South Korea kicked off the new year under a political cloud with President Park Geung-hye suspended from office after her December 2016 impeachment over alleged corruption and influence peddling.
The scandal has extended into the economy after accusations that Park colluded with a long-time confidante, Choi Soon-sil, to pressure Samsung and other Korean conglomerates, or chaebol, to donate to Choi’s charities in exchange for political favors.
Samsung denies any impropriety, as do Park and Choi, and in January a court declined a request from prosecutors for the arrest on bribery charges of Lee Jae-yong, son and heir apparent of Samsung chairman Lee Kun-hee.
Korean business credibility has nevertheless been damaged, while an abrupt decline in confidence has accompanied the political crisis. In November 2016, the central Bank of Korea’s Composite Consumer Sentiment Index fell to 95.8, the lowest level since April 2009, from 101.9 in the previous month.
It’s not just consumers who are pessimistic, says Herald van der Linde, head of Asia Pacific equity strategy at HSBC in Hong Kong. “Business sentiment remains subdued as a series of headlines detailing the nascent restructuring of heavy industries, the bankruptcy of Korea’s largest shipping company, and smartphone recalls, continue to weigh on confidence.”
Kathleen Oh, an economist with Standard Chartered Bank in Seoul, said reform of the chaebol could be delayed due to the political leadership crisis and weak demand in sectors such as shipping and shipbuilding.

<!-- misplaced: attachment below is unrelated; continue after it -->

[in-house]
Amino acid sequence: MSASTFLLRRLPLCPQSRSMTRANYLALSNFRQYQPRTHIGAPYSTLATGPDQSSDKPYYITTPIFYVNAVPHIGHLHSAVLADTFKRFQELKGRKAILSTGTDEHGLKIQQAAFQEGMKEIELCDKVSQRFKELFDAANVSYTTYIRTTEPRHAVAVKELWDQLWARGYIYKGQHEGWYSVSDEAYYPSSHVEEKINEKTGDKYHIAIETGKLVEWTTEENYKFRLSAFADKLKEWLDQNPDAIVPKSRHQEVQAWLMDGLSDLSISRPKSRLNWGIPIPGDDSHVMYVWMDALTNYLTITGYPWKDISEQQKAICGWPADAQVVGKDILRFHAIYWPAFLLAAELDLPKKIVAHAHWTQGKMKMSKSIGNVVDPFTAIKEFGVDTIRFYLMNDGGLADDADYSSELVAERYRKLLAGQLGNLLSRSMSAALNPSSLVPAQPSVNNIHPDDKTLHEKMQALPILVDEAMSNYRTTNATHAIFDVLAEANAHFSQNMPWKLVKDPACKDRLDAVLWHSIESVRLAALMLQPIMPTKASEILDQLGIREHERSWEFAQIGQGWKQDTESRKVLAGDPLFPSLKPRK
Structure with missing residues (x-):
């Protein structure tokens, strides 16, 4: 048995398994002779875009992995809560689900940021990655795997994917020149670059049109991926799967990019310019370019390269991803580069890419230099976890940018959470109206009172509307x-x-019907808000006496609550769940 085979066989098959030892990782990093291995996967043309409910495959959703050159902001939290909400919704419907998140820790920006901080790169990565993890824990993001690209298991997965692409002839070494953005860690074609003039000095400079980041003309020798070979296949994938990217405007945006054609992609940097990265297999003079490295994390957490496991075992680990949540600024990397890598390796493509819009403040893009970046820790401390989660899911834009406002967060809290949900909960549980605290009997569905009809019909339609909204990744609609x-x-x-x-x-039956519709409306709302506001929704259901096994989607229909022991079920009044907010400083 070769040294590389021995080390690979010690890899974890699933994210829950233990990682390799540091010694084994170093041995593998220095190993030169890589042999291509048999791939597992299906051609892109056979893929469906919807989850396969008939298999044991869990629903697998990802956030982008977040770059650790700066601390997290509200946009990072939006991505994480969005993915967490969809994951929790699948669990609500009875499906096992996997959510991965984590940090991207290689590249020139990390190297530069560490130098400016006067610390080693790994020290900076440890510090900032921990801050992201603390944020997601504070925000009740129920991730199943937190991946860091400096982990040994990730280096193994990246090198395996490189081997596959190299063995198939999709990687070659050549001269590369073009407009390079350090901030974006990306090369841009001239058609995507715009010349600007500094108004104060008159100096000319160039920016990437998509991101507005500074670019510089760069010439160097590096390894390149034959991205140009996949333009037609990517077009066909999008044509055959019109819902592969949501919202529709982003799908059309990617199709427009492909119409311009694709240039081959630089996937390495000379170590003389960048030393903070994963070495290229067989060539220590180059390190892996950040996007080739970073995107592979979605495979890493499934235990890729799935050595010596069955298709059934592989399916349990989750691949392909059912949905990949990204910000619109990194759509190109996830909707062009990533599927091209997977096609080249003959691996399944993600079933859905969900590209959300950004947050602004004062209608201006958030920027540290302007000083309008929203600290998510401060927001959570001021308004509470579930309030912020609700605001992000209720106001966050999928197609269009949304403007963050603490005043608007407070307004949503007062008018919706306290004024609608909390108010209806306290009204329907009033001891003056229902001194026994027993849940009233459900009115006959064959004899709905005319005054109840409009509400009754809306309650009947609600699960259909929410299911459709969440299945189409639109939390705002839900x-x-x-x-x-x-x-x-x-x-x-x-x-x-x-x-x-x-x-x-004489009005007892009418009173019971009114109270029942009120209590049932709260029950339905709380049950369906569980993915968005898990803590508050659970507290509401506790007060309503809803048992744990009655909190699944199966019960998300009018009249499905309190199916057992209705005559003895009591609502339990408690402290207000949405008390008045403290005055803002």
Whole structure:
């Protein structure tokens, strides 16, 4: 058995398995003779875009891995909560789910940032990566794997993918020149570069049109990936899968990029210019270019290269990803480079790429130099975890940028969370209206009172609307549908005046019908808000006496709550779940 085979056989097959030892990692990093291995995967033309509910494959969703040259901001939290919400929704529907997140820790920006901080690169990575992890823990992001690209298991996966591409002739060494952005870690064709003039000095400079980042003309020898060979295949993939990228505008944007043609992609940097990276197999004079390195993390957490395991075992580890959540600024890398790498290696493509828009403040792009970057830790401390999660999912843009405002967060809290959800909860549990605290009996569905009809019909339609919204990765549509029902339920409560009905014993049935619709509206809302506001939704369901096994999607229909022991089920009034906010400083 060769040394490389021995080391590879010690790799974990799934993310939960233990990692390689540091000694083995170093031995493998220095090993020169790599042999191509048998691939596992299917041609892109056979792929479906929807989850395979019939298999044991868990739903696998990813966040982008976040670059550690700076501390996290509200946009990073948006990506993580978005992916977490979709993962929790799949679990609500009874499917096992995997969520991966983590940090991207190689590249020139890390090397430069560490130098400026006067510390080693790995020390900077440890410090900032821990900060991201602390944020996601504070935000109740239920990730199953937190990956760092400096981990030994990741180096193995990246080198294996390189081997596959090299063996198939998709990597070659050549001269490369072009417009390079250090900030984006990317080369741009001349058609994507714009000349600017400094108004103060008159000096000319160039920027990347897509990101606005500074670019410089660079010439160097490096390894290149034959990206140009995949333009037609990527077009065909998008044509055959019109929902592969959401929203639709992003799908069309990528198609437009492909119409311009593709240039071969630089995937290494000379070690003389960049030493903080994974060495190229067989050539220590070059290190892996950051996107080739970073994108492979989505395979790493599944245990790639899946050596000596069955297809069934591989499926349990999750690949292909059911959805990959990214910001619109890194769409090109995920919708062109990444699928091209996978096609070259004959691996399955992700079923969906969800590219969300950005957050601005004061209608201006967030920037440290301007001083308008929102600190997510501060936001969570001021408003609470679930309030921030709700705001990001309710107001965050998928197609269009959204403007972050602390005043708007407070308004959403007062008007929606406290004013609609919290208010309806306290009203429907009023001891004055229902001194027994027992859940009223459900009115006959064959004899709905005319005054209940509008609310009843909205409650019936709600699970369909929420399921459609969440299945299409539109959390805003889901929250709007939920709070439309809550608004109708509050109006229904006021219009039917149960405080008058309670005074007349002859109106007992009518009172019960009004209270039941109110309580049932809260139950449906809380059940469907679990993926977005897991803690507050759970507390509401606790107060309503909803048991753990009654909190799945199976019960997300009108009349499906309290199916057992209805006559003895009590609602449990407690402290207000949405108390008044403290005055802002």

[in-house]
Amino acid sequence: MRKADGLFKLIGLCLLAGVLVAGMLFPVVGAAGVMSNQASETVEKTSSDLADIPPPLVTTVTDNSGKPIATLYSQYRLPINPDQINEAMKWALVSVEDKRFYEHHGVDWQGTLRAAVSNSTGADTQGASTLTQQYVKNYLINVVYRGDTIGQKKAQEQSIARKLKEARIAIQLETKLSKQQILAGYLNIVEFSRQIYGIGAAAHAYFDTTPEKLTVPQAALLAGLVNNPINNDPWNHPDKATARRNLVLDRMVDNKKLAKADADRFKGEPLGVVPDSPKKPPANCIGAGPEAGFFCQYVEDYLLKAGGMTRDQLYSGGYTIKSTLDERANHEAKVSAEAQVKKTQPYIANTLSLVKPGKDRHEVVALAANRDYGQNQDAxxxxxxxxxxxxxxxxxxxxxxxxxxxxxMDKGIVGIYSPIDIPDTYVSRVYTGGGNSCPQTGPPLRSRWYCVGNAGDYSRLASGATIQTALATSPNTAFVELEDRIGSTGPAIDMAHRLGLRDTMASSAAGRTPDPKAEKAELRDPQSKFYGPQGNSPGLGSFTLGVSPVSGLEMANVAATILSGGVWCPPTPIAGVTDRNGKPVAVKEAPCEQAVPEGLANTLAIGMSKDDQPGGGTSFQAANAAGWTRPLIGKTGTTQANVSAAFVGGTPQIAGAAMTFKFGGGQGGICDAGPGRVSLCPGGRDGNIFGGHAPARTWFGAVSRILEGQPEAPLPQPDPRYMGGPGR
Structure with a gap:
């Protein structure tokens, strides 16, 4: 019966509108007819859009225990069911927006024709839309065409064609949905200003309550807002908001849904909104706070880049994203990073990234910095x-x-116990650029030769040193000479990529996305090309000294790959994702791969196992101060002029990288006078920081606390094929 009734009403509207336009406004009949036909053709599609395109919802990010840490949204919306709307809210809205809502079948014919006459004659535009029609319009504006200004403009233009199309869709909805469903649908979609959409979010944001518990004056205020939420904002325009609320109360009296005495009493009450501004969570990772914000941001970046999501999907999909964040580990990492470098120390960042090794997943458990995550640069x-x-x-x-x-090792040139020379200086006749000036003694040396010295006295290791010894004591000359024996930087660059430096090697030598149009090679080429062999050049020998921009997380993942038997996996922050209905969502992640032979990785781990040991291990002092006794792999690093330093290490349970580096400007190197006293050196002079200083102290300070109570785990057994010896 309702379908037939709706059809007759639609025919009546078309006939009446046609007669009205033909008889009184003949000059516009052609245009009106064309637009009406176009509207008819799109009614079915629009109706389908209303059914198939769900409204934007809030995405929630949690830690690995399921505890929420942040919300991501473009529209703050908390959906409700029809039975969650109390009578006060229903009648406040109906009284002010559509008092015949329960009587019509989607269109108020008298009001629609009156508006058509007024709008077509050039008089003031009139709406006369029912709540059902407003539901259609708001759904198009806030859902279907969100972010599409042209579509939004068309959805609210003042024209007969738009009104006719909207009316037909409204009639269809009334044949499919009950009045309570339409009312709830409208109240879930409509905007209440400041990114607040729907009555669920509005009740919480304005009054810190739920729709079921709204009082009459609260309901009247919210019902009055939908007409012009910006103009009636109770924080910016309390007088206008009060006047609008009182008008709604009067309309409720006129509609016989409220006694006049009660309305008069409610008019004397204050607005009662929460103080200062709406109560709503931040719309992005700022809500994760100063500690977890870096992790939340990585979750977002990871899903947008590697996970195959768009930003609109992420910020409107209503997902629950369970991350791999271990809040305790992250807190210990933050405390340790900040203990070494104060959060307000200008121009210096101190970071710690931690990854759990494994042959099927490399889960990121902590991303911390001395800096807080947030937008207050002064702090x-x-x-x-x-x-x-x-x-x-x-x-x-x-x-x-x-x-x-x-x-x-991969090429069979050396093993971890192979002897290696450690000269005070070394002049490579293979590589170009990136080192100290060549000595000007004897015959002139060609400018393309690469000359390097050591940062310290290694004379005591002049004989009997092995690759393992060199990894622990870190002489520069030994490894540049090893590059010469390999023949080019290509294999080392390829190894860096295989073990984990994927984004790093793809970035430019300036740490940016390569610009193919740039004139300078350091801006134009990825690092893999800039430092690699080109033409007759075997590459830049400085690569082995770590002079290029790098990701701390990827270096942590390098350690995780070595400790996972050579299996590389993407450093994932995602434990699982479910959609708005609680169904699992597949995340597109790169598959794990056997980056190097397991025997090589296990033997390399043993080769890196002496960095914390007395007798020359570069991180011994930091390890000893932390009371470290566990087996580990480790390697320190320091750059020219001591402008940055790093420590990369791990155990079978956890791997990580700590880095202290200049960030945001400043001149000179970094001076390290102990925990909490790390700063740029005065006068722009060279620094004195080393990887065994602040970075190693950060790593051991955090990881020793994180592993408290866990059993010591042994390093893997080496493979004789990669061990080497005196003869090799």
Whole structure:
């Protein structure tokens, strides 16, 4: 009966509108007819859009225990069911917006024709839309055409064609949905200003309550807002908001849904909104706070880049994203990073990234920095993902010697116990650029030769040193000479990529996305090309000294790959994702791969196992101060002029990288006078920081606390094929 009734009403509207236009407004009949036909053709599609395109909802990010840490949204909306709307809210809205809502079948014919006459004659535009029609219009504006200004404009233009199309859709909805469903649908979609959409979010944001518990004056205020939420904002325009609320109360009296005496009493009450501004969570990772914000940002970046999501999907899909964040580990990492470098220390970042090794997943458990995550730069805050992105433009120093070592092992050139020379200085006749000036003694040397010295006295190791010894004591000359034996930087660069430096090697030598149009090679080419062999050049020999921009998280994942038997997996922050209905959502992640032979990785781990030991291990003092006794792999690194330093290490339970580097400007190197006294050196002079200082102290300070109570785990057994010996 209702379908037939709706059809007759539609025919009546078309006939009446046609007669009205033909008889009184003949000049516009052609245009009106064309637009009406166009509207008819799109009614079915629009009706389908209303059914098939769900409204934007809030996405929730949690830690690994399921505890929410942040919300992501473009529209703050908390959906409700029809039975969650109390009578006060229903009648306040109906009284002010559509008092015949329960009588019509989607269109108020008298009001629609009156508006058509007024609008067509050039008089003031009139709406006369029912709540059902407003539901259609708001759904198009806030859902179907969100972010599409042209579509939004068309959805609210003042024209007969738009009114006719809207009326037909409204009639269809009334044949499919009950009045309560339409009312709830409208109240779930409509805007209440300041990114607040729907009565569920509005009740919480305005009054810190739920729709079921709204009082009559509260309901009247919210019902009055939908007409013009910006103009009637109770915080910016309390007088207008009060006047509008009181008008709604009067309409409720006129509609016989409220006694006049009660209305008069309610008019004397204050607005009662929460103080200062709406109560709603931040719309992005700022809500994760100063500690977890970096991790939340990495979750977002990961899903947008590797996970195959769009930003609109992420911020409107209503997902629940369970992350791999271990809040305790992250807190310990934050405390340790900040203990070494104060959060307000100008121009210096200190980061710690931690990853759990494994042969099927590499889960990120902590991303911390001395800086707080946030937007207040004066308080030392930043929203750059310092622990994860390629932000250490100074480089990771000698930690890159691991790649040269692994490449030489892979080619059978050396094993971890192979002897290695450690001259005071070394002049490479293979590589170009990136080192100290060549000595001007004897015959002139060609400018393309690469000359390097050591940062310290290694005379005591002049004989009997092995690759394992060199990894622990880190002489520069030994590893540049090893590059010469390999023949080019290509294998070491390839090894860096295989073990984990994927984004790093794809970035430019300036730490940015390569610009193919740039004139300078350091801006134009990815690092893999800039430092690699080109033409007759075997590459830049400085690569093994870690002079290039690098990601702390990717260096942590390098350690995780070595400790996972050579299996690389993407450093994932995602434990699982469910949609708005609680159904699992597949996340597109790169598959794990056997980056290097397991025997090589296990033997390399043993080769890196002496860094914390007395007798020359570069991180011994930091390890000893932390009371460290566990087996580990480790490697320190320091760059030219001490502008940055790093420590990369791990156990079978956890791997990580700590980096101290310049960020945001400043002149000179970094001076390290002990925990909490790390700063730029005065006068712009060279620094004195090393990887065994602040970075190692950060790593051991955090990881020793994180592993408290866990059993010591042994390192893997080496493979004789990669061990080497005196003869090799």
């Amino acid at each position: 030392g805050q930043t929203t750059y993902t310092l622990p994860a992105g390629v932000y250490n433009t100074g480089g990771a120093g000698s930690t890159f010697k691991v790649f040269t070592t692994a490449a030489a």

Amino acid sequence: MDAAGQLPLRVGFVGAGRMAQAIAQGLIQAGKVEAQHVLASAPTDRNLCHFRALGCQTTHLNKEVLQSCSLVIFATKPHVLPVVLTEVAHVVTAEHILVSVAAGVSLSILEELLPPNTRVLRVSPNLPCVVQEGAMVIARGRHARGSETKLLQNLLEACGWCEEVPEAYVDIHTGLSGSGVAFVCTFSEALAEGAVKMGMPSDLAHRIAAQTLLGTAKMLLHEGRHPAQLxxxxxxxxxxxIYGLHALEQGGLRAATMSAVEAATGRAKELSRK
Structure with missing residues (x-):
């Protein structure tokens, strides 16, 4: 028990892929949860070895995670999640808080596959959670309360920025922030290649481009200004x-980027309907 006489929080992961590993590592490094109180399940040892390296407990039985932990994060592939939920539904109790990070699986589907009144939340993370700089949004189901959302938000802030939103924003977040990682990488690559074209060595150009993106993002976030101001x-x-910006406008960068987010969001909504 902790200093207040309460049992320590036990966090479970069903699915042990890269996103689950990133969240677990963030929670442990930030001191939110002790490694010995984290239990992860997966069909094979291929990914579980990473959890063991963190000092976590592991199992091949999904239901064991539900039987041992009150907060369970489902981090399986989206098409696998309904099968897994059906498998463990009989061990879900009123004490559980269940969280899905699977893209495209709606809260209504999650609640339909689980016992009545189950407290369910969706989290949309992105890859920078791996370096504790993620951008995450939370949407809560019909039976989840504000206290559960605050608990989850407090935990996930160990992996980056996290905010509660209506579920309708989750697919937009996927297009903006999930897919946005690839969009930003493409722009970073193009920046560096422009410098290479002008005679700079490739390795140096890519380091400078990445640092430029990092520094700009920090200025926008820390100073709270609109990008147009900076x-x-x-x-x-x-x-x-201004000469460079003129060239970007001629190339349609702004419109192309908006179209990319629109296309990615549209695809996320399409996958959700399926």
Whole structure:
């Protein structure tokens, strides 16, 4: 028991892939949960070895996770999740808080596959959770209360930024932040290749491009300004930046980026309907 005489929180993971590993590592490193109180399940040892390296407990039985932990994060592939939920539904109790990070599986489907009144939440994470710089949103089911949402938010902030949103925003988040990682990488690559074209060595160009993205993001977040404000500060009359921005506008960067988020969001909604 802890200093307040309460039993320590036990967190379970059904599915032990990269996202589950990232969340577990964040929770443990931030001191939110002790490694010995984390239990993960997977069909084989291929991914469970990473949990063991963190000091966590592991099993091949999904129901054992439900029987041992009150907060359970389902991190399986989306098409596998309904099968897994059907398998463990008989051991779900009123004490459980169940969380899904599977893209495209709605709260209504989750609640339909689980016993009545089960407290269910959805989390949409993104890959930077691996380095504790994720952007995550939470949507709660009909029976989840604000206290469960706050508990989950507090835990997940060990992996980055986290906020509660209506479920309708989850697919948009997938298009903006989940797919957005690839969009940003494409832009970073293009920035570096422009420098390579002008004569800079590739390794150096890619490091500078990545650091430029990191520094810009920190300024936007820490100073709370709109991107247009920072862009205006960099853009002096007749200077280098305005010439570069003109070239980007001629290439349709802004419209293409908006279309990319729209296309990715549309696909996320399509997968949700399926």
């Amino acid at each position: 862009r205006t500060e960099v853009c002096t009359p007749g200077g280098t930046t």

Meanwhile, Samsung will try to bounce back from its exploding smartphone crisis of 2016 by accelerating the release of its new Galaxy S8 model to as early as March 2017. “Samsung may not suffer so much in reputational damage as it runs on technological strength,” said Oh.
Overall, South Korea’s gross domestic product rose 2.7% year-on-year in 2016, 0.1% higher than 2015 on the back of higher government spending and private investment, said the Bank of Korea. The Organisation for Economic Cooperation and Development has cut its outlook for Korea’s 2017 growth from 3% to 2.6%.
The weakening of the Korean currency is expected to continue through 2017. Tuuli McCully, senior international economist at Scotiabank in Singapore, expects depreciation by about 4% to close out the year at 1,260 won to the U.S. dollar.
Korea’s broader outlook is clouded by long-term uncertainties, according to Oh, who cites Korea’s rapidly ageing population and dependence on trade with a slowing China.
There are also external political issues: Seoul’s decision to deploy of the Terminal High Altitude Area Defense missile system, supplied by the United States, has upset Beijing. While retaliation has so far been minor, such as the Chinese government’s cancellation of three concerts by the Korean soprano Sumi Jo, further sanctions are on the cards.